Network.Socket on win32

Simon Marlow simonmar at
Tue Mar 2 15:04:25 EST 2004

> Yup that worked.  Sort of an obscure error message
> to communicate "package not found"....
> Is there a convention so I know which package I
> need for which module?  My guess is sometimes (but
> randomly) you need to add a package
> on the command line corresponding to the first
> part of the qualified module name.  e.g. I just
> figured out that
> -package text worked to get me Text.ParserCombinators.Parsec
> OTOH, if this is the rule, it seems strange that
> GHC can't go and find the packages itself.

As far as it can, GHC does go and find the packages itself.  There's one
situation it can't: when doing batch linking from the command line,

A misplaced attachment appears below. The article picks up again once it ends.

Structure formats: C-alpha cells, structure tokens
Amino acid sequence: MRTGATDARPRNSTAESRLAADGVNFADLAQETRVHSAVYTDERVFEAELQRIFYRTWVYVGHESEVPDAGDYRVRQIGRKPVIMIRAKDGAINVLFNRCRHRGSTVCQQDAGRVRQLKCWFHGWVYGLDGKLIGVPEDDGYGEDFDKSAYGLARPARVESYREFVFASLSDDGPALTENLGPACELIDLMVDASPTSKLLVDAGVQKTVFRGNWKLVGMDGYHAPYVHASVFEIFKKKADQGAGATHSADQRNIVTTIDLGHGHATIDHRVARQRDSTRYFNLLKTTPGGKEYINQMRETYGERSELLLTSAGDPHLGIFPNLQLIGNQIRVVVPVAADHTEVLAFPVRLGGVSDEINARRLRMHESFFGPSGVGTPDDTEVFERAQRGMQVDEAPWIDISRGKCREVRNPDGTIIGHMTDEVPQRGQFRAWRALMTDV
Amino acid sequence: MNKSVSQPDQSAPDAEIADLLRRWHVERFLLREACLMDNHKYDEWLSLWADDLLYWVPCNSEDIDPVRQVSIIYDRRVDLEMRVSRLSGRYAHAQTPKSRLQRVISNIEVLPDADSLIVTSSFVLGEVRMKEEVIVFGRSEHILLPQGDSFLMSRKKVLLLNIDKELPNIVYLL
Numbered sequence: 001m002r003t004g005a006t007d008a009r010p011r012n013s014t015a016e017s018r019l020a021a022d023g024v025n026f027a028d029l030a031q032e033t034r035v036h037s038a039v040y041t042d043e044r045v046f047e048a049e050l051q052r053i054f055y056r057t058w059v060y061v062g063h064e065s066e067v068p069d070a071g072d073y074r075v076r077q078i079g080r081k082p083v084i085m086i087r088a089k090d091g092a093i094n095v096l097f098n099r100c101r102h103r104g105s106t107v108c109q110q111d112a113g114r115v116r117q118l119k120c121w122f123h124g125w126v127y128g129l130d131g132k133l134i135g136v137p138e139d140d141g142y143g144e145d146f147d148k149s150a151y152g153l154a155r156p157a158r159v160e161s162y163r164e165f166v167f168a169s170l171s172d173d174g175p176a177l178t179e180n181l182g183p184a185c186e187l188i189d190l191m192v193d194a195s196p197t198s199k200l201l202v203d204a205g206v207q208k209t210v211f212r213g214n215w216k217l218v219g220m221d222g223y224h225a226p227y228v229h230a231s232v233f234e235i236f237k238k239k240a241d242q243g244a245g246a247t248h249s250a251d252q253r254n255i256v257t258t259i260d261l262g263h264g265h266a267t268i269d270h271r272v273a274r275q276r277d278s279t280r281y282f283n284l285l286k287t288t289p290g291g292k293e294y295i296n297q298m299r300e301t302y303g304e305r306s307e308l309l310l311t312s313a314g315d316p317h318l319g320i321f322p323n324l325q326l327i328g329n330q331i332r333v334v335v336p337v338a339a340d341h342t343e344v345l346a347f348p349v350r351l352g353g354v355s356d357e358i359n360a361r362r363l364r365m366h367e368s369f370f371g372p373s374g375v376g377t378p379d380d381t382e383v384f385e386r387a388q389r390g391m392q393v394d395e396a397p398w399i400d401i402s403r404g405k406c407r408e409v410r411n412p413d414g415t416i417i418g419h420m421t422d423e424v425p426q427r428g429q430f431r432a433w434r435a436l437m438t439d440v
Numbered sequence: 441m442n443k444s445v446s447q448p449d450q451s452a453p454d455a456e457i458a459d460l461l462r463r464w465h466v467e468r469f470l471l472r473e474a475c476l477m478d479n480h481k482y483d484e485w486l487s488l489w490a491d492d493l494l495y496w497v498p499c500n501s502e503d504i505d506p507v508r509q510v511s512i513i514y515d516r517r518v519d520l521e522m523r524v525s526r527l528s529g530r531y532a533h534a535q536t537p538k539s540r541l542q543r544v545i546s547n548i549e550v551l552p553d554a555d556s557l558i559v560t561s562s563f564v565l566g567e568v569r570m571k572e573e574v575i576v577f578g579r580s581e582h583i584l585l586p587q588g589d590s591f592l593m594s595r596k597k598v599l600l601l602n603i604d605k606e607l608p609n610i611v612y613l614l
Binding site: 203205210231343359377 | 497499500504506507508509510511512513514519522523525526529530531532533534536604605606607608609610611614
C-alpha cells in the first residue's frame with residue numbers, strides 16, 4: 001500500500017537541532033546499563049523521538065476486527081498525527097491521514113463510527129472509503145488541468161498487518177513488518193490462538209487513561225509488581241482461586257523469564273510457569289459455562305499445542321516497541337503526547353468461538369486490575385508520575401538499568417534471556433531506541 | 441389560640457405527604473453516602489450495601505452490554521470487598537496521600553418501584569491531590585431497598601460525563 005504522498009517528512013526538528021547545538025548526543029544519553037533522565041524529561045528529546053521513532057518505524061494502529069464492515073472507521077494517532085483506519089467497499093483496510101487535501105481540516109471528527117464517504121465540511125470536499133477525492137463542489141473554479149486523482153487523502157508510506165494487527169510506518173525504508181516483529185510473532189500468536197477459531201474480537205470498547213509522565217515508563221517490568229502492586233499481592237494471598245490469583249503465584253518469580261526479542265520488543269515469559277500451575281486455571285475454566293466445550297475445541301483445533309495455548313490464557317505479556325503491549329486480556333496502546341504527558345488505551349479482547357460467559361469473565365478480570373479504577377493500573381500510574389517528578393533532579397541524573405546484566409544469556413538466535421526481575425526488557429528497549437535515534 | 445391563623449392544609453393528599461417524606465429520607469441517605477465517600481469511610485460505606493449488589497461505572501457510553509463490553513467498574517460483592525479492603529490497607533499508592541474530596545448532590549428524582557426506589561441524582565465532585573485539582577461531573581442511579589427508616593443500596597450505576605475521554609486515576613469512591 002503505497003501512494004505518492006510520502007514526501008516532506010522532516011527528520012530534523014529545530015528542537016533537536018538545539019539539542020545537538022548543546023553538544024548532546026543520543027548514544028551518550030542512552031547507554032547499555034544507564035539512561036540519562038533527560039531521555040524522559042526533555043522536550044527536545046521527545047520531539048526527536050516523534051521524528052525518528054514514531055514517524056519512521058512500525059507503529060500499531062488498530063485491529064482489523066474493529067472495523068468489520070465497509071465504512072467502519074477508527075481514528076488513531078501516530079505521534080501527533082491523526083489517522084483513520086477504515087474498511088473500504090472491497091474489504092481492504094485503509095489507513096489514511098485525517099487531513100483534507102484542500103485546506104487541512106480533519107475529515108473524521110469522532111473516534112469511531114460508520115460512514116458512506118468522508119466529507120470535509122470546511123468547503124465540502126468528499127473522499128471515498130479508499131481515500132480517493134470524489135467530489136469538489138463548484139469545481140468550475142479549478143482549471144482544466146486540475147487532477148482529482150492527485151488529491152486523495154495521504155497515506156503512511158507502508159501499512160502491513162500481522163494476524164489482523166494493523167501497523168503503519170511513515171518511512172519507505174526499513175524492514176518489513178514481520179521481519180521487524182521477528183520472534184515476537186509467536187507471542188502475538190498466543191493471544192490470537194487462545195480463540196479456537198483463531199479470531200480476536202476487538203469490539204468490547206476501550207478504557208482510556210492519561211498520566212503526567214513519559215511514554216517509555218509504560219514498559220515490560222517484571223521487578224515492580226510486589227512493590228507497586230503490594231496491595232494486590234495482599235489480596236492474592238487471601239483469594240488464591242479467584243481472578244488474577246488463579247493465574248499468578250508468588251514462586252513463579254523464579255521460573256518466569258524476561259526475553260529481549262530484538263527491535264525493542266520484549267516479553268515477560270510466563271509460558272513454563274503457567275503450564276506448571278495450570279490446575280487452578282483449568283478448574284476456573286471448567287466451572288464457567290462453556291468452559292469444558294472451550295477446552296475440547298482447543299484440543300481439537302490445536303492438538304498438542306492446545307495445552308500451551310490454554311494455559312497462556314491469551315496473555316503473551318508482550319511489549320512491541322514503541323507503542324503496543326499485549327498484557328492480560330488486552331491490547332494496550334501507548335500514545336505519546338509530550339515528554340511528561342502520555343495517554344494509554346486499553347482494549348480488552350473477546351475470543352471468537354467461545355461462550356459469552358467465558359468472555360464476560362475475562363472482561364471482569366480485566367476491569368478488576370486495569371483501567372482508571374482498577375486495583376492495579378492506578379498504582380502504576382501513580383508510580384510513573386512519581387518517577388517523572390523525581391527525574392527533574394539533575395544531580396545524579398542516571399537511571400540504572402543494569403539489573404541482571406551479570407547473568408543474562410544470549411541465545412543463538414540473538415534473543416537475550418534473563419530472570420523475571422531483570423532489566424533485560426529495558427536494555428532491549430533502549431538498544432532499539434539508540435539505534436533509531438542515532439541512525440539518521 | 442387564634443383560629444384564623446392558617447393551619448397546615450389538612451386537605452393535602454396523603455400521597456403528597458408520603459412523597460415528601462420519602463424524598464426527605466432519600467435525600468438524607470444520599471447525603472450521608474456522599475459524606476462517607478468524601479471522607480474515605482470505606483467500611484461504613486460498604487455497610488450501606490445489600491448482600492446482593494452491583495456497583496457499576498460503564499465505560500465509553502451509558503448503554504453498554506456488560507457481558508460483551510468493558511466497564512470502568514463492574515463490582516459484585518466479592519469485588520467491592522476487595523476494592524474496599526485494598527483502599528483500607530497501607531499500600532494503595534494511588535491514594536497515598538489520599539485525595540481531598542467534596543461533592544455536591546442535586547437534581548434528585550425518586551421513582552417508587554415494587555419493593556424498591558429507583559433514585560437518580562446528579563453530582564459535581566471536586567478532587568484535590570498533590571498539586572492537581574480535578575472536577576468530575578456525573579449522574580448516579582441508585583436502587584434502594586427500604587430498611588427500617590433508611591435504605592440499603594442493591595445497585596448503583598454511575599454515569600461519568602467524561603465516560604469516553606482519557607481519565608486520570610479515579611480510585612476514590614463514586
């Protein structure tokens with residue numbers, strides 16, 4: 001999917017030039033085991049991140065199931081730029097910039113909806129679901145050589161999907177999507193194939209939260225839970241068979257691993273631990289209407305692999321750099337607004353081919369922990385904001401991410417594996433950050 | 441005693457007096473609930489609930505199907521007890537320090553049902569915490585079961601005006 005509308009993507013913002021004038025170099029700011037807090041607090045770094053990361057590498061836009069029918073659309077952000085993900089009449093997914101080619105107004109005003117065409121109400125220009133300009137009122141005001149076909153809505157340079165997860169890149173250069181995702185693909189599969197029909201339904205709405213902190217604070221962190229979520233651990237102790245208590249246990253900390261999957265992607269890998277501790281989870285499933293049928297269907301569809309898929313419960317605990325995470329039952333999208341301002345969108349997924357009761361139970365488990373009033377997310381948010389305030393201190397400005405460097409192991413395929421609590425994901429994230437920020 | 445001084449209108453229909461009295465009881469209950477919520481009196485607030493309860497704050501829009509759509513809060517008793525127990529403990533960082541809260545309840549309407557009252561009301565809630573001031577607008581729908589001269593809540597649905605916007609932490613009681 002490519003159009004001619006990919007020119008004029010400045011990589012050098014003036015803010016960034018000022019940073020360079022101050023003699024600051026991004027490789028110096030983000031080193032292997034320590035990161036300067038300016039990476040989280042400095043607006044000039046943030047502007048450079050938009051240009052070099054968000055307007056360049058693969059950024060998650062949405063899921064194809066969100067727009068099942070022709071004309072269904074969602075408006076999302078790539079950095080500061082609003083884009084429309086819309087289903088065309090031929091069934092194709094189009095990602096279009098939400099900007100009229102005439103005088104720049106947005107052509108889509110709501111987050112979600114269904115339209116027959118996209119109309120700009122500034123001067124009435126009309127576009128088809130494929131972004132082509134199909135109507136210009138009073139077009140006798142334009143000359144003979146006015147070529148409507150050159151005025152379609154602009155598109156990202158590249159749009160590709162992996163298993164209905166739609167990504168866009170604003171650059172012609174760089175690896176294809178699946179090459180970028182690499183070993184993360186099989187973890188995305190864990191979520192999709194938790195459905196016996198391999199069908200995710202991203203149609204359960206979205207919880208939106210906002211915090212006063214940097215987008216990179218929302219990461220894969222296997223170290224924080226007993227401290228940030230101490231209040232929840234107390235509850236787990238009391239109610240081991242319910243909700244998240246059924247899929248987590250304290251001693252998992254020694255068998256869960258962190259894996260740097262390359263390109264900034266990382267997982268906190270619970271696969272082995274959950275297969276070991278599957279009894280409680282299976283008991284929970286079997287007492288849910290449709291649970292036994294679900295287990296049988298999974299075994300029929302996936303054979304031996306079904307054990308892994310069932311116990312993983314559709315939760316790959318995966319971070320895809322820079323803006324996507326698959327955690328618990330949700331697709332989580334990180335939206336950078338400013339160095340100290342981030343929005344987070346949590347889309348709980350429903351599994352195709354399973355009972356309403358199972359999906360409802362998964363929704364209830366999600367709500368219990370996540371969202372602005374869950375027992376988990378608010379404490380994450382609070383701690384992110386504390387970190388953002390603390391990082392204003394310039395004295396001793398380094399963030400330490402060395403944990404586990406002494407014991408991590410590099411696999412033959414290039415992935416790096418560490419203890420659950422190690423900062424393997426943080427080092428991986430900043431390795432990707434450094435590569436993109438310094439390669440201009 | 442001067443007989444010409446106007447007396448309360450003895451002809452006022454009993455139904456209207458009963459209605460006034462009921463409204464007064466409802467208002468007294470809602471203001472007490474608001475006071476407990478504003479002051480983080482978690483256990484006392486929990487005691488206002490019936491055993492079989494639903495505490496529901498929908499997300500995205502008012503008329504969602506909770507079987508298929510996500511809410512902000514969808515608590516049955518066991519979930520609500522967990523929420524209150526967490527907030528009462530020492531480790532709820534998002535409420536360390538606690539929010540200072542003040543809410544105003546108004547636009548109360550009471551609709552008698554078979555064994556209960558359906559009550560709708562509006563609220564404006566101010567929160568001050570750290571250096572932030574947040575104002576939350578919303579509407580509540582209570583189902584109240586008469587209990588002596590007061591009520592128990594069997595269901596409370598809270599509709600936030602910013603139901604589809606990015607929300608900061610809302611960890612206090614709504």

because then GHC doesn't know which modules were imported by the
program.  If you use GHCi or --make, then GHC figures out the package
dependencies for itself.

To answer your question, the package for each module is listed in the
documentation: each module has the package name in the title at the top,
and the contents page also lists the package name alongside each module.

Incedentally, -package parsec is the right way to get


More information about the Glasgow-haskell-users mailing list